Ella begins her letter talking about the correspondence she has had and how she has not heard from August since before the invasion of Holland. She is so worried about him that she leaves the letter writing (which she cancelled a lesson to do) to try to get information on him. She is able to get word through August's sister Annchen, who we suspect called an old colleague of August's in Berlin. The word is that August is OK- and that is good news indeed!
This worry reminds me of two things: In Opa's autobiography, he wrote this: "My sister and I are convinced that our mother loved our father until the day she died, but she never seemed bitter." I think this is true, and I do believe August continued to care for Ella, although not enough to be married to her. I don't think that Ella pined for August, but more that she still cared enough about him to keep her bitterness at bay. It could be true that she was the master of politeness and her children never saw her true emotions. However, my understanding of who Ella was- I can see her forgiving August enough for her to move on and focus on the things that she cared most about: her children. After all, in this time, it was August who was getting a lot of the letters and pictures through to Ella faster. Not only did she care about his wellbeing- she also cared about her best connection to her children through the mail. August and Ella's relationship is odd and yet I bet it is very familiar to many people who divorce but do not forget about their spouses.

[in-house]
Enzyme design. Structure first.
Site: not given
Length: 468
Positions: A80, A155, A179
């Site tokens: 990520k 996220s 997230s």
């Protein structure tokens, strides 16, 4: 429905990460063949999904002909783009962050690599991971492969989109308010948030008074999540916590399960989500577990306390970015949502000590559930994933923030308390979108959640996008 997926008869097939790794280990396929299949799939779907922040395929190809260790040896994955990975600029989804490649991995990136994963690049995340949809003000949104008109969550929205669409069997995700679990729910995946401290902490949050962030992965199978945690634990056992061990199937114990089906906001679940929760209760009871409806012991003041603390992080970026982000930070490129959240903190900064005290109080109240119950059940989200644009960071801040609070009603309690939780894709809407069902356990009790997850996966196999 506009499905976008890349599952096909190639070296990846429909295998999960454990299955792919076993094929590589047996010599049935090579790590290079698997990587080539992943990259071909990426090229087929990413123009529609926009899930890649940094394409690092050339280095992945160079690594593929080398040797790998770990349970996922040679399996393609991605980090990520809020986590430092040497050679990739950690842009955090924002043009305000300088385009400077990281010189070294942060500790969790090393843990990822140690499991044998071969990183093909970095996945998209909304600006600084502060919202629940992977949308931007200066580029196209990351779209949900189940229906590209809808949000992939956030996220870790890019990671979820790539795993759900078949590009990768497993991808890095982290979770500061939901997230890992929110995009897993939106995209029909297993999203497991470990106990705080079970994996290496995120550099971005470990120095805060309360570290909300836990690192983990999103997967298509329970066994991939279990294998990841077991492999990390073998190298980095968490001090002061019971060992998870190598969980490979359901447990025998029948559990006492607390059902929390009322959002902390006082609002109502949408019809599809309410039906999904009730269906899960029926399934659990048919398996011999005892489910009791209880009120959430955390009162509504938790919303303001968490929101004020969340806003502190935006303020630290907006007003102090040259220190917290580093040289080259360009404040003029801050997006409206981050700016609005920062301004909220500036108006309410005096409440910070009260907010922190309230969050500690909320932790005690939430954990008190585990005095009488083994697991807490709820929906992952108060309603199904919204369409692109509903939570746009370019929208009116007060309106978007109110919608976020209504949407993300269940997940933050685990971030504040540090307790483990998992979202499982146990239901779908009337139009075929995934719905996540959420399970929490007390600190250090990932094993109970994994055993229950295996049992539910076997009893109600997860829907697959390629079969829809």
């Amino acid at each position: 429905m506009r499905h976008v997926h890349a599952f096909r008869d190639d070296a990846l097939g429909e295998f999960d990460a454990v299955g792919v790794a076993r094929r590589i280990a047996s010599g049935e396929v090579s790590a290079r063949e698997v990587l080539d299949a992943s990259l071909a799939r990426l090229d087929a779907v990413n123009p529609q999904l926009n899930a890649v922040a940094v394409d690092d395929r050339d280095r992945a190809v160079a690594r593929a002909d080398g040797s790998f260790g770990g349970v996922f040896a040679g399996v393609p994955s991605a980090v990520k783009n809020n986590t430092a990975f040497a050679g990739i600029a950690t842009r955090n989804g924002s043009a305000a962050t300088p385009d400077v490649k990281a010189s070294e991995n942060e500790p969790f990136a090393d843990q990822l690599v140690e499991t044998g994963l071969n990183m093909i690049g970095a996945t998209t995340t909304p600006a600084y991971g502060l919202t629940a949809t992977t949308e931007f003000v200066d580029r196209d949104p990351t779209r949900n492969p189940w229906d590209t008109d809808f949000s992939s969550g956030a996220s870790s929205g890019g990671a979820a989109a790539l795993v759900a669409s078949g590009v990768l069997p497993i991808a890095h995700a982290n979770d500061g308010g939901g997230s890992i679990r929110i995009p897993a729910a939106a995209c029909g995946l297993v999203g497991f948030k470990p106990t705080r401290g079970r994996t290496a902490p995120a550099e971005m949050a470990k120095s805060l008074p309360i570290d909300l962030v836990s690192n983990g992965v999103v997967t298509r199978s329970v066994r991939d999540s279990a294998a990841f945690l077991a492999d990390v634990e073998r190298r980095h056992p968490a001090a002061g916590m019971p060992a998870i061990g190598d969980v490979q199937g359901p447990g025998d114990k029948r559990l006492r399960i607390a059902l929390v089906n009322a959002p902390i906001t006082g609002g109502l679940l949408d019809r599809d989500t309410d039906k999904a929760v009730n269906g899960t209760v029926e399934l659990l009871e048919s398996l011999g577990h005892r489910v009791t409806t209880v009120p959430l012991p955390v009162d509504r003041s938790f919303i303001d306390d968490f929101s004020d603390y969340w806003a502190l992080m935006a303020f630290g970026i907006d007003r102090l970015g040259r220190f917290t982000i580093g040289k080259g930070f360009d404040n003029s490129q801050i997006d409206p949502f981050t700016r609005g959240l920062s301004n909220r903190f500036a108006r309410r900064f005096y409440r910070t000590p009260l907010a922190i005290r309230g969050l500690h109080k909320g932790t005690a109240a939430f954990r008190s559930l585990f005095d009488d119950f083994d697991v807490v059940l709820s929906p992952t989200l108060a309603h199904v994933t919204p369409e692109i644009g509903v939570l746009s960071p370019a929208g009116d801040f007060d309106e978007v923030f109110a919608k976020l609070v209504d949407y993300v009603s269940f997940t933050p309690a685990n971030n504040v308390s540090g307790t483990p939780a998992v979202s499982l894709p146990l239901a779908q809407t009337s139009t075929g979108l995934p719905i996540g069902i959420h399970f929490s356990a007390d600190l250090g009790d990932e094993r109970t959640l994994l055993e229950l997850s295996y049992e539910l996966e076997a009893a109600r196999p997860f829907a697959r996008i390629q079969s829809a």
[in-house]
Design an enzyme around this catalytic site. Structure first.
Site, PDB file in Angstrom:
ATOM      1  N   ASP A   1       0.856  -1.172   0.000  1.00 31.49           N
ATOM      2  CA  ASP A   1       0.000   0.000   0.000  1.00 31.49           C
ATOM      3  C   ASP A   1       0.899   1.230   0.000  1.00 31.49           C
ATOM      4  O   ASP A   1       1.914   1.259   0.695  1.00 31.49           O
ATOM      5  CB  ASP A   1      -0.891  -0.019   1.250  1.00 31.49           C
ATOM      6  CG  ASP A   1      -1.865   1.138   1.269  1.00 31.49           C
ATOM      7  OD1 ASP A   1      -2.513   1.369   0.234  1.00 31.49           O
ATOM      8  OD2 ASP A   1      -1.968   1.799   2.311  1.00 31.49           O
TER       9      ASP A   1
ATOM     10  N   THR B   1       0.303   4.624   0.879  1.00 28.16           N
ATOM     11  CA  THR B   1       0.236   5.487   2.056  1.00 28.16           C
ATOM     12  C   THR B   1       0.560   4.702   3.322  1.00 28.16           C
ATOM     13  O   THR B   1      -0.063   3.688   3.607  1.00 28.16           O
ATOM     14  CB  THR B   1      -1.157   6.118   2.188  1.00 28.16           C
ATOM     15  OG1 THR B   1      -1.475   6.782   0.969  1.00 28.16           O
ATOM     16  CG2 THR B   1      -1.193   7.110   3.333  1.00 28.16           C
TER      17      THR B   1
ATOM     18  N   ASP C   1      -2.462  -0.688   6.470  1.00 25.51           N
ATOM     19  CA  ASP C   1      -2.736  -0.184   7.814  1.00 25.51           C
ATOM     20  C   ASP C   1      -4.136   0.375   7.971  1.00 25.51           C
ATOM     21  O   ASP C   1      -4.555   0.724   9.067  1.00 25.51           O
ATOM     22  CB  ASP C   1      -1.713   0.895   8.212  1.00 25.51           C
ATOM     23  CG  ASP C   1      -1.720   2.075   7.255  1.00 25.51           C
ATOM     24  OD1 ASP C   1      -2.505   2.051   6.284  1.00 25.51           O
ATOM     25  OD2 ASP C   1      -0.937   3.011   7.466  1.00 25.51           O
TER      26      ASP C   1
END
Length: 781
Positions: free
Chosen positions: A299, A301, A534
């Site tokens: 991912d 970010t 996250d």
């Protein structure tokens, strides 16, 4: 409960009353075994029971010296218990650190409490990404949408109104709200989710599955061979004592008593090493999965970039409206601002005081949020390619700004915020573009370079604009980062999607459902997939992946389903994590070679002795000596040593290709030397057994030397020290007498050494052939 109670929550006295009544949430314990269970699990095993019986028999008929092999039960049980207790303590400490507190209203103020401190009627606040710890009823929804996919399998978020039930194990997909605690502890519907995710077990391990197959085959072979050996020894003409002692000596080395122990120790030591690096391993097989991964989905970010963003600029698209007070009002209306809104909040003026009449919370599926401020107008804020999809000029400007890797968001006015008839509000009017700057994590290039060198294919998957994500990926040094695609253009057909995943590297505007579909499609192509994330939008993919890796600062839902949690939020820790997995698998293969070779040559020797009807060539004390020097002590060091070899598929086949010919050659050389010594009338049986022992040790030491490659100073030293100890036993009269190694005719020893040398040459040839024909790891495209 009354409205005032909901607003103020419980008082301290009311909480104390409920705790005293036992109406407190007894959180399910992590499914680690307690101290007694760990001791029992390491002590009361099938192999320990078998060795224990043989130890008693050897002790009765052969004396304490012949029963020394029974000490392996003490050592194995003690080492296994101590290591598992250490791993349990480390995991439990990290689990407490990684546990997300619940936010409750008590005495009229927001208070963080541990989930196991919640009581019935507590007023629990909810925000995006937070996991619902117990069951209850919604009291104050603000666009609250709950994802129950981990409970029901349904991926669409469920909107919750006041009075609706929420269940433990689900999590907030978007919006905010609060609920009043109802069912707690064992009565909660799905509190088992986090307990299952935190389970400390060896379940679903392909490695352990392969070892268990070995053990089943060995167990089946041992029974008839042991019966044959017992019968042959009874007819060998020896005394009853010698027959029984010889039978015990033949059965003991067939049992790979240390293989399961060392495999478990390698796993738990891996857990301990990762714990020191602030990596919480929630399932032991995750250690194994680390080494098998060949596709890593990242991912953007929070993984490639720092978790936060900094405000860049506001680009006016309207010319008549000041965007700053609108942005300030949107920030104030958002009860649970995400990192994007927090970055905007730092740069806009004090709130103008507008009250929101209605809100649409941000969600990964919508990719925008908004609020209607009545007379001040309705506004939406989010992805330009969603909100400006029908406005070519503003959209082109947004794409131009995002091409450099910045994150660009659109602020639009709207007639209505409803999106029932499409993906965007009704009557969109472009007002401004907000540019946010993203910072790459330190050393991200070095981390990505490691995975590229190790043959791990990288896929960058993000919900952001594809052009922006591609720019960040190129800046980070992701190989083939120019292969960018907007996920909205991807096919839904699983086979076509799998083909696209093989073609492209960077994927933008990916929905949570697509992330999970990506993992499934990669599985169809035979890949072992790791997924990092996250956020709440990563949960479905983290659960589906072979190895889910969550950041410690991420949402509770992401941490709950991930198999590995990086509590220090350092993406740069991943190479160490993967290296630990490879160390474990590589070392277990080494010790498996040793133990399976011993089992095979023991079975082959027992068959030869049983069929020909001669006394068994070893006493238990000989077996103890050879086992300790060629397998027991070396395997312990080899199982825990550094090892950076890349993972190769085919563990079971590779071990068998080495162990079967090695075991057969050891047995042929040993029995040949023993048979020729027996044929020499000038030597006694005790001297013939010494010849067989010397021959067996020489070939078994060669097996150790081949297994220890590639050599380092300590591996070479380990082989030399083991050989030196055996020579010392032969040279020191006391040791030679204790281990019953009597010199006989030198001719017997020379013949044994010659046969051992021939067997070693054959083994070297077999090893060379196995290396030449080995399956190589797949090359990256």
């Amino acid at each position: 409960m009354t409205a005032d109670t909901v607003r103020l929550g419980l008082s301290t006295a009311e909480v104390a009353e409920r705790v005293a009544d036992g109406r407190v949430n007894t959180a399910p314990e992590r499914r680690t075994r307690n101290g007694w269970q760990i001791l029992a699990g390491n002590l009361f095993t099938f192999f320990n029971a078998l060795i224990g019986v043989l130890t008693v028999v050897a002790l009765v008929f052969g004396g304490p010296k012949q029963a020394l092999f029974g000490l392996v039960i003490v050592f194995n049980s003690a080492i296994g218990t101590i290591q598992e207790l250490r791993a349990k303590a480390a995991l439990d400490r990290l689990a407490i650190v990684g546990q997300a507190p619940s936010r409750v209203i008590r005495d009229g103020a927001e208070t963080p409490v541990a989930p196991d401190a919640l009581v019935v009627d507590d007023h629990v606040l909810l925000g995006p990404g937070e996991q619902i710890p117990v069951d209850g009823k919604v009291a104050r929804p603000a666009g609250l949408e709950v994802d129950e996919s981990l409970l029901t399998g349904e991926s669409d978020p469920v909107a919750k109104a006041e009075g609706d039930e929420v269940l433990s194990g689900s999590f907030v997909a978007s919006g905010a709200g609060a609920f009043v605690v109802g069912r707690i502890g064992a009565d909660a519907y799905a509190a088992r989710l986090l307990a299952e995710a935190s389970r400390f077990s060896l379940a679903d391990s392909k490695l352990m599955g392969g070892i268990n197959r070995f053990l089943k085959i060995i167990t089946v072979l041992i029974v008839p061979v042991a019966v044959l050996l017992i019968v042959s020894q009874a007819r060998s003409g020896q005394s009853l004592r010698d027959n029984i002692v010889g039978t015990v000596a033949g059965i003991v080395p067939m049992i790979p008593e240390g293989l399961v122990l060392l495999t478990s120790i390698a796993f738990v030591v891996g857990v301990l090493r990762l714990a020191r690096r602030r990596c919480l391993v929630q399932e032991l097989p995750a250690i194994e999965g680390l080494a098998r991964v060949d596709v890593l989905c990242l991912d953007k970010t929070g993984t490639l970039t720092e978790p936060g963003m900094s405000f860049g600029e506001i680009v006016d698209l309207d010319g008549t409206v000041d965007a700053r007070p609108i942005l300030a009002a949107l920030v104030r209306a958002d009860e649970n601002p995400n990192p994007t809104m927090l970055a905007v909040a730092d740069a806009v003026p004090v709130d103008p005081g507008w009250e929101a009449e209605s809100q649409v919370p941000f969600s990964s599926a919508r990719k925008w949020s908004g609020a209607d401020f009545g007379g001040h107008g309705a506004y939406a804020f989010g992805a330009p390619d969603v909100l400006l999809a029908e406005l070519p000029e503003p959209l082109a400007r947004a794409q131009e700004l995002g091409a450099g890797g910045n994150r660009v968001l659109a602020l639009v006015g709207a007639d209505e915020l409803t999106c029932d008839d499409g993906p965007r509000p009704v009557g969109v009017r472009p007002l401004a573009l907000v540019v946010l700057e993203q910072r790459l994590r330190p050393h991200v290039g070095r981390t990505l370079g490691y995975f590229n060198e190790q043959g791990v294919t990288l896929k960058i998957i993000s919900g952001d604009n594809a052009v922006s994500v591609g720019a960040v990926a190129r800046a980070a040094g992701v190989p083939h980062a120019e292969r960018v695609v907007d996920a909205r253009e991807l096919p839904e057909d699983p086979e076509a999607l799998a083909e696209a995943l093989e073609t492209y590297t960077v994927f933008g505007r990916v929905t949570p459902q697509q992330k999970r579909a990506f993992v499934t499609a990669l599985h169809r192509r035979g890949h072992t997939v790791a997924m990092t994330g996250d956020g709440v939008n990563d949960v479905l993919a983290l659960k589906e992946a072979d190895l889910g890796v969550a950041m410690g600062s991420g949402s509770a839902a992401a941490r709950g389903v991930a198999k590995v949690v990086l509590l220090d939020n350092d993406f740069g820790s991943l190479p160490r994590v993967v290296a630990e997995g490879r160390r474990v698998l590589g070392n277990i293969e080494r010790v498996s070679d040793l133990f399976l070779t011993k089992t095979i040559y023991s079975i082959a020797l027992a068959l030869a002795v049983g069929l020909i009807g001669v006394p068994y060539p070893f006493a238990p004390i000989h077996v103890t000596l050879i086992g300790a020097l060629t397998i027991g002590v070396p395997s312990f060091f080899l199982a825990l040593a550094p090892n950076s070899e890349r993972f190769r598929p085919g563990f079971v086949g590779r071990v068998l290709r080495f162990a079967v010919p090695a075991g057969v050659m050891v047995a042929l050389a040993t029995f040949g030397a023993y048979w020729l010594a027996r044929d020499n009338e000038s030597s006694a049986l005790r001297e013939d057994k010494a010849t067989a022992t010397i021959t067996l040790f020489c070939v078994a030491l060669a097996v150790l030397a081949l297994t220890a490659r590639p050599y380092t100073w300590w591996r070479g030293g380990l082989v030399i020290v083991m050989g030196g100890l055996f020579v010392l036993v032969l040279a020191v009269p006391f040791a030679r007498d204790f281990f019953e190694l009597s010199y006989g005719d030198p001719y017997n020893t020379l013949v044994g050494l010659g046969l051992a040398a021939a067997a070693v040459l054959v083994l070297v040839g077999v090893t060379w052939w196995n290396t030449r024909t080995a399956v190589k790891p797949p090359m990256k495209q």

The second thing I thought about in Ella's frantic search for information was how I felt on September 11, 2001 when I realized that my best friend's Dad might have been in the Pentagon. As soon as I remembered that, I called her family's home phone (we were in college at the time). My friend's dad answered the phone and reassured me that he was alright and that he no longer worked out of the Pentagon anymore. I have no idea why I didn't call my friend or why I thought her Dad should be telling a twenty year old where he was- but I was relieved and he was so kind. It's a moment of panic when an event becomes connected to you closer than you expect it to... When you drop everything and check in. That panicky feeling? I think Ella is living it perpetually. Every day is a new opportunity for something unknown and horrible to happen to someone in her family or herself- and she has little to no control over it- and hardly even a way to communicate with anyone about it. How terrifying and exhausting.
I think that's what she means when she talks about Aunt Berta (we still don't know who this is) aging quickly with all the "excitement."
Ella keeps pictures of her children close by as reminders of what she lives for. She is still urgently seeking a way out of Germany, and hoping beyond hope on the abilities of her twenty year old son and his similarly aged cousin to do something to help her.
In the meantime- all she wants is good information. Happy news, pictures (even if she chastises him for having his hands in his pockets!!), and greetings from his classmates. These all reassure her that somewhere on this planet, there is peace, happiness, and a beautiful shortage of "excitement."